Label Me Latina/o (www.labelmelatin.com) is an online, refereed international e-journal that focuses on Latino Literary Production in the twentieth and twenty-first centuries. The journal invites scholarly essays focusing on these writers for its biannual publication. Label Me Latina/o also publishes creative literary pieces whose authors self-define as Latina or Latino regardless of thematic content. The Co-Directors will publish creative works in English, Spanish or Spanglish whereas analytical essays should be written in English or Spanish.
We are currently seeking proposals for "Théâtre et actualité(s)," a panel at ASECS's upcoming meeting in San Antonio. Papers in English or in French are encouraged; please don't hesitate to send along any questions.
"Théâtre et actualité(s)"
Logan Connors, French & Francophone Studies Program, Bucknell U., Lewisburg, PA 17837 AND Yann Robert, Dept. of French & Italian, Stanford U., Pigott Hall, Room 105, Stanford, CA 94305
A new and exciting move toward 'object-oriented studies' is underway among historians and literary scholars, including medievalists. Such studies (colloquially known as 'thing theory') see 'things' neither as mirrors of human activity or will, nor deictic signs pointing to inner lives of human characters. Rather such an approach wishes to examine the 'network of relationships' between subjects and objects. Moreover, it has been argued that medieval literature has much to offer such studies, as objects have a degree of autonomy in medieval literature that is lacking in later texts, having been bullied out of the focal field by Enlightenment empiricism.
Australia and New Zealand Slavists' Association 2011 Conference "Translations/Transitions"
Christchurch, New Zealand, 7–8 November 2011
Filolog (Philologist) is a peer-reviewed, interdisciplinary journal with an international Editorial Board.
We are calling for papers dealing with contemporary literary, cultural, and language theories and/or their applications to particular works for the third issue of our journal. We would also welcome papers dealing with meta-theories and their significance for the human and social sciences, as well as reviews of the most recent books in the field of cultural, language and literary theories and criticism.
Papers should be a maximum of 10.000 words, and use the New Harvard Citation System. Papers must include abstracts and key words. Authors should also provide a short bio (up to 20 lines).
ACIS Mid-Atlantic Regional Conference, 2011, INTERROGATING THE URBAN: Irish cities, cultures and identities. September 30th and October 1, 2011. Manhattan College. Riverdale, NY.
We invite you to join us at the ACIS Mid-Atlantic regional conference at Manhattan College in Riverdale, NY. In what ways do Irish urban spaces and urban concerns shape national policy or culture in Ireland? How does Irish urban geography, or the representation of it (in film, fiction, poetry and popular culture), inform our positions as scholars of Irish history, literature, and identity?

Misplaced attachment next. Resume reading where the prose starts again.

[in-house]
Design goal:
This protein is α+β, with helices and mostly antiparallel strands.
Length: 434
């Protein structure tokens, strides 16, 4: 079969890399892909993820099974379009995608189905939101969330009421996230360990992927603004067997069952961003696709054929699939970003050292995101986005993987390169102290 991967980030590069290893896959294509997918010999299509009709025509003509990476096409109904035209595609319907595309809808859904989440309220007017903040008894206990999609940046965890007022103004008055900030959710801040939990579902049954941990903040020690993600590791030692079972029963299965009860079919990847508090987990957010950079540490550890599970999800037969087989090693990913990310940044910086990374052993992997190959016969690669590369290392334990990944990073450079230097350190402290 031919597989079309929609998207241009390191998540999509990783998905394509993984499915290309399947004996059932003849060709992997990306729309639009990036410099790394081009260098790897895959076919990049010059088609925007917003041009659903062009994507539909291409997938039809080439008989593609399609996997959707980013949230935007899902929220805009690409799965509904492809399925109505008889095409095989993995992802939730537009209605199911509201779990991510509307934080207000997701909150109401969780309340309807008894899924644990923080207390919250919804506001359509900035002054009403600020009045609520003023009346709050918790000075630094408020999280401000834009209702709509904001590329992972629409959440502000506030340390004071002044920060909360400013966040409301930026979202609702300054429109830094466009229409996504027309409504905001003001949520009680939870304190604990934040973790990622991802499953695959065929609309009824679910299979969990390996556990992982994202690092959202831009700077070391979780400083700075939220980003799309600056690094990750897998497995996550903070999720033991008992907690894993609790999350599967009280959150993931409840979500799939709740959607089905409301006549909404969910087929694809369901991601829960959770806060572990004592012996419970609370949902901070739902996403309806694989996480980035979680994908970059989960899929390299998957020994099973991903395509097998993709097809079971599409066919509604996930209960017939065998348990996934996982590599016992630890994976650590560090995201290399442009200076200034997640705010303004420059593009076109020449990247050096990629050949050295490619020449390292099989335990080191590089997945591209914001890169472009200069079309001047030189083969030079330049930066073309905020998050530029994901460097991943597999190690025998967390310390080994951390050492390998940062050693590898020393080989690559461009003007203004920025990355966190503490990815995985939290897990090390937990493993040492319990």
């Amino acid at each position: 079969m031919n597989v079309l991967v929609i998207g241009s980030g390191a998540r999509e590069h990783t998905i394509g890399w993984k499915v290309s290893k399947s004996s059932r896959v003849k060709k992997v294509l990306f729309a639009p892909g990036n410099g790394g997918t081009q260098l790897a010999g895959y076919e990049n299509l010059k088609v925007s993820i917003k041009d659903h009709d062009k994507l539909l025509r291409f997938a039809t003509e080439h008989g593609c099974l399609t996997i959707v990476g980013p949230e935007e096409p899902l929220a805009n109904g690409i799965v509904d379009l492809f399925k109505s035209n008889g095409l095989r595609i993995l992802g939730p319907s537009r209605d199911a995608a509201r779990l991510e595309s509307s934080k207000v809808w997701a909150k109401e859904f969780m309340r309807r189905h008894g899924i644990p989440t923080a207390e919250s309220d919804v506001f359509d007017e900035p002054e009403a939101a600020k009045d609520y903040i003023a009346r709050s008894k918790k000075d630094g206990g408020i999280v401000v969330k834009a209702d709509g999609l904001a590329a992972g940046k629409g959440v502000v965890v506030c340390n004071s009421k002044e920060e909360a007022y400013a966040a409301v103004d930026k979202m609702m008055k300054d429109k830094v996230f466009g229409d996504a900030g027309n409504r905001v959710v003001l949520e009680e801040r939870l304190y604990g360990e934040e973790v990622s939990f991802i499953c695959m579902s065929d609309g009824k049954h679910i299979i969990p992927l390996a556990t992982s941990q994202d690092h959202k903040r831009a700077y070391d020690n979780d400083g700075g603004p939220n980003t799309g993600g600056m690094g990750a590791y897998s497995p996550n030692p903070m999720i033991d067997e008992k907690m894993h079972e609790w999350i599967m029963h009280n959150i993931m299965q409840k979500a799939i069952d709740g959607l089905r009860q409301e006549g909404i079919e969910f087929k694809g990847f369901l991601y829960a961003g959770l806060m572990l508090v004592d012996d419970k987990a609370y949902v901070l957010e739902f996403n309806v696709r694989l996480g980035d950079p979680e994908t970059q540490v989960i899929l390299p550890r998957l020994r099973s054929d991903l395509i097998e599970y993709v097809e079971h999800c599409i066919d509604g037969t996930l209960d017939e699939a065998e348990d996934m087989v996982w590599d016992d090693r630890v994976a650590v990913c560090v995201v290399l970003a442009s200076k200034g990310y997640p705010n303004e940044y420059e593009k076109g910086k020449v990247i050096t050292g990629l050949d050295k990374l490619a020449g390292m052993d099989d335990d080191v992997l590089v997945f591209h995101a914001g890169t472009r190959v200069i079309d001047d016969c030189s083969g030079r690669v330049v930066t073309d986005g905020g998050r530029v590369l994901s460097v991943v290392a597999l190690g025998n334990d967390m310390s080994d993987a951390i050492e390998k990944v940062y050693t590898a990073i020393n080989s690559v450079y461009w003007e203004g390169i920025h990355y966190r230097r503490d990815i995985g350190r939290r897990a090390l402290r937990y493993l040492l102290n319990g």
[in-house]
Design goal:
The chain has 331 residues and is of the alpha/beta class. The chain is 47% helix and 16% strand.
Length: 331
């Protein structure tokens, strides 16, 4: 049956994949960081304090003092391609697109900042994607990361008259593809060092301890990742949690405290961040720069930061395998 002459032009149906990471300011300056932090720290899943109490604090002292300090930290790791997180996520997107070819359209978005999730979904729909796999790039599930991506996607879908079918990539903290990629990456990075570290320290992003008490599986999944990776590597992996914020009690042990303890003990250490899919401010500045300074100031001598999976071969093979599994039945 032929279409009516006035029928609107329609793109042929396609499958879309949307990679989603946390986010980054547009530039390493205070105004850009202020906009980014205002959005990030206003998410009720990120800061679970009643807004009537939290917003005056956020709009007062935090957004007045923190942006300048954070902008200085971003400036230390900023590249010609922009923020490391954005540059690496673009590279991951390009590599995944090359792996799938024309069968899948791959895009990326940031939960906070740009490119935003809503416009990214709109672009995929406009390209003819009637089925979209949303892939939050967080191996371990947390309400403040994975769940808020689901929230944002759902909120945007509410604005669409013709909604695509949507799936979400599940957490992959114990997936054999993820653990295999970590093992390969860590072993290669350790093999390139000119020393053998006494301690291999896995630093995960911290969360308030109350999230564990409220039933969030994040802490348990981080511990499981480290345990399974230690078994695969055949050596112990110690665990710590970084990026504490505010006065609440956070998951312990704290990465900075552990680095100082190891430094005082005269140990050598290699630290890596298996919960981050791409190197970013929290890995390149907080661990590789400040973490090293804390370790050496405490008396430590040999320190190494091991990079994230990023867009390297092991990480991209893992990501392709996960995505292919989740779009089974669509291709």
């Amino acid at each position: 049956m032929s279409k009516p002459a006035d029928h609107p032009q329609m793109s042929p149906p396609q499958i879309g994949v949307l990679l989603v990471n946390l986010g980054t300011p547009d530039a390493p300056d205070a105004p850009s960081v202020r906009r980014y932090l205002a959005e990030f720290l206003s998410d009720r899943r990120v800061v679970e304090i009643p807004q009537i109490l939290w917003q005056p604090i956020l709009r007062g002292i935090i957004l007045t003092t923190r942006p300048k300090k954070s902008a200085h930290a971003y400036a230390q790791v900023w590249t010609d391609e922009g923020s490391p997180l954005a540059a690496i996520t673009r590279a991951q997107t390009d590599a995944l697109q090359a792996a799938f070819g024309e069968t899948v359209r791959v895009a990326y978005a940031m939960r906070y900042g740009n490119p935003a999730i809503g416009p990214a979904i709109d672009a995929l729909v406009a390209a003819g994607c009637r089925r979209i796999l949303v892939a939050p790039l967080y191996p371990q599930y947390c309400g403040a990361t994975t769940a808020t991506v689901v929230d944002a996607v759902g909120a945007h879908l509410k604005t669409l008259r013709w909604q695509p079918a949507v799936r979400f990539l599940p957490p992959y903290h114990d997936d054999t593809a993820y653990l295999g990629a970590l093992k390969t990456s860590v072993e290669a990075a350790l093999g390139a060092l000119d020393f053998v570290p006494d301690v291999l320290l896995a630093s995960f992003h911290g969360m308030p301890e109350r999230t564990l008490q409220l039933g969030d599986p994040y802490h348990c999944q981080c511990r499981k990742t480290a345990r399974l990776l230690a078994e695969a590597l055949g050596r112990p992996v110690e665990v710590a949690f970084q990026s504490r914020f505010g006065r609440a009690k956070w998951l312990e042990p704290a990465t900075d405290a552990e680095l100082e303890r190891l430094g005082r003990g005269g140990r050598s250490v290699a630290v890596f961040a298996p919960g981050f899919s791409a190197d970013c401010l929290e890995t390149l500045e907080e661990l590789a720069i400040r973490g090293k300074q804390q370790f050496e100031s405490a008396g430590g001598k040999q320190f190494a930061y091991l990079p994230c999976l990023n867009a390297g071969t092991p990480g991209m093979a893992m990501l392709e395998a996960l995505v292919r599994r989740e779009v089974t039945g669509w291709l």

Alien invasion, viral outbreak, nuclear holocaust, the rise of the machines, the flood, the second coming, the second ice age—these are just a few of the ways human beings have imagined their "end of days." And someone's Armageddon clock is always ticking—we just dodged Harold Camping's rapture on May 21st of this year, and the Mayan-predicted doomsday of 2012 is just around the corner. In the end, what do we reveal about ourselves when we dream of the apocalypse? What are the social and political functions of these narratives in any given historical period? How do different cultures imagine the apocalypse, and what do these differences reveal? What is particular to the narratological design and content of apocalyptic texts?
An interdisciplinary graduate conference.
Keynote Speaker: Prof. Russ Castronovo, Dorothy Draheim Professor of English at University of Wisconsin-Madison.
This one day interdisciplinary conference will be held at Fordham University's Lincoln Center Campus in New York City: (113 W 60th)
We are currently accepting applications from PhD and MA students (as well as junior faculty members). The conference is free of charge and includes breakfast and an after-keynote reception w/food and beverages.
We are also currently working on an after-conference event, which will most likely involve drink specials at a local pub.
Catwoman to Katniss is an interdisciplinary conference examining female images in electronic, graphic, and textual media within the science fiction and fantasy genres. Featured in this conference are keynote speakers C.S. Friedman and Dr. Rhonda Wilcox. Friedman is the bestselling science fiction and fantasy author of such works as In Conquest Born, and The Coldfire and Magister Trilogies as well as many other novels and short works. Dr. Wilcox is a professor of English at Gordon College, a founding editor of Critical Studies in Television: Scholarly Studies in Small Screen Fiction, Editor of Studies in Popular Culture and Coeditor of Slayage: The Journal of the Whedon Studies Association.
"Henry Fielding: New Approaches"
Andrew Benjamin Bricker
Dept. of English, Stanford University
Margaret Jacks Hall, Stanford U., 94305
Tel: (415) 832-9133
"Henry Fielding: New Approaches"
Call for Papers
43rd ASECS Annual Meeting
San Antonio, TX
March 22 – 25, 2012